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Britain exports 'le hunt sabotage'

full story: http://www.timesonline.co.uk/tol/news/world/europe/article2983718.ece

December 2, 2007
Matthew Campbell

THE French are grumbling about les rosbifs again and this time it is not for pushing up property prices. The latest scourge from across the Channel is interfering with their enjoyment of a good day's sport and is known as 'le hunt sabotage'.

'It is a recent phenomenon that came from Britain,' said one hunt enthusiast, describing a wave of commando-style actions against stag hunts by saboteurs clad in black.

One hunt west of Paris said it was targeted in October by a group of three dozen militants from a French organisation called Animal Rights. They prevented huntsmen letting hounds out of a lorry. Police have been called to protect various other hunts from interference by the men and women in black.

'The fate reserved for some animals in this country is disgusting,' said Marie H'l'ne Huard, one of the activists, in an internet video that recommends blowing horns to confuse hunters. 'I don't know how we can be so cruel.'

A saboteur who identifies himself as David said: 'We want the abolition of stag hunting.' He went on: 'Hunt sabotage was born in Britain where numerous [animal] lives have been saved thanks to this technique.'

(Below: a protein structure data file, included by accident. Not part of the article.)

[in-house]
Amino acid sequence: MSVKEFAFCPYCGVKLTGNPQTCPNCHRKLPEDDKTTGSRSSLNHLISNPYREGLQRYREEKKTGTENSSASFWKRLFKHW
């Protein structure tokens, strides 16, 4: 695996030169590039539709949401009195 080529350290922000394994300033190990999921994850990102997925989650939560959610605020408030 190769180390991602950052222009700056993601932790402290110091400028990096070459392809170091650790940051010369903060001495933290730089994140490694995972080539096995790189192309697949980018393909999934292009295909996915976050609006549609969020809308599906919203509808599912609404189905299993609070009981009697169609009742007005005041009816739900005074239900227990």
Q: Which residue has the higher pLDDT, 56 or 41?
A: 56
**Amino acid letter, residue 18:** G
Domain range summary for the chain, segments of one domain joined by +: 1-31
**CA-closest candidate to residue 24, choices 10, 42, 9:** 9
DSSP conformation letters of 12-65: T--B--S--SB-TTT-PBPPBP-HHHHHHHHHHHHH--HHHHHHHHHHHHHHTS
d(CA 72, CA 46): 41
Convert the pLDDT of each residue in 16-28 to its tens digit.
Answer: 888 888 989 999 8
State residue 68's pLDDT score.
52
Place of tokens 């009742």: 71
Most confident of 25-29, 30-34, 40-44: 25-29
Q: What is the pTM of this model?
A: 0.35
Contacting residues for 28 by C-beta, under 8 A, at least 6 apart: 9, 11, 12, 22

Since the British ban on foxhunting, he added, 'English hunters come to kill animals in France. We have to do something.'

Few countries are more attached to their hunting than France, a land steeped in rural traditions where riding to hounds may have begun, say the French, more than 1,000 years ago. The French even claim to be the origin of the term 'tally ho', a corruption, they claim, of ta'aut, the French hunting cry.
Thousands of people take part each year, dressing in swallowtail coats of blue, green, red or black to chase foxes, stags, deer or wild boar. Dogs and horses are blessed by priests. Hunters even have their own political party. They do not take kindly to saboteurs.

The latter, however, are becoming increasingly well organised since the first antihunt operations two years ago. 'Internet and text messaging has helped,' said a saboteur wearing an armband emblazoned with the slogan 'Animal liberation, human liberation'.

Their activities have forced hunters onto the defensive. 'We've become a bit more discreet,' Michel, a stag-hunting enthusiast, told Le Journal du Dimanche. 'We no longer announce our meetings publicly.'

Could the saboteurs ever put an end to the practice of hunting in France? 'Never,' said another enthusiast. 'It is part of our heritage.'

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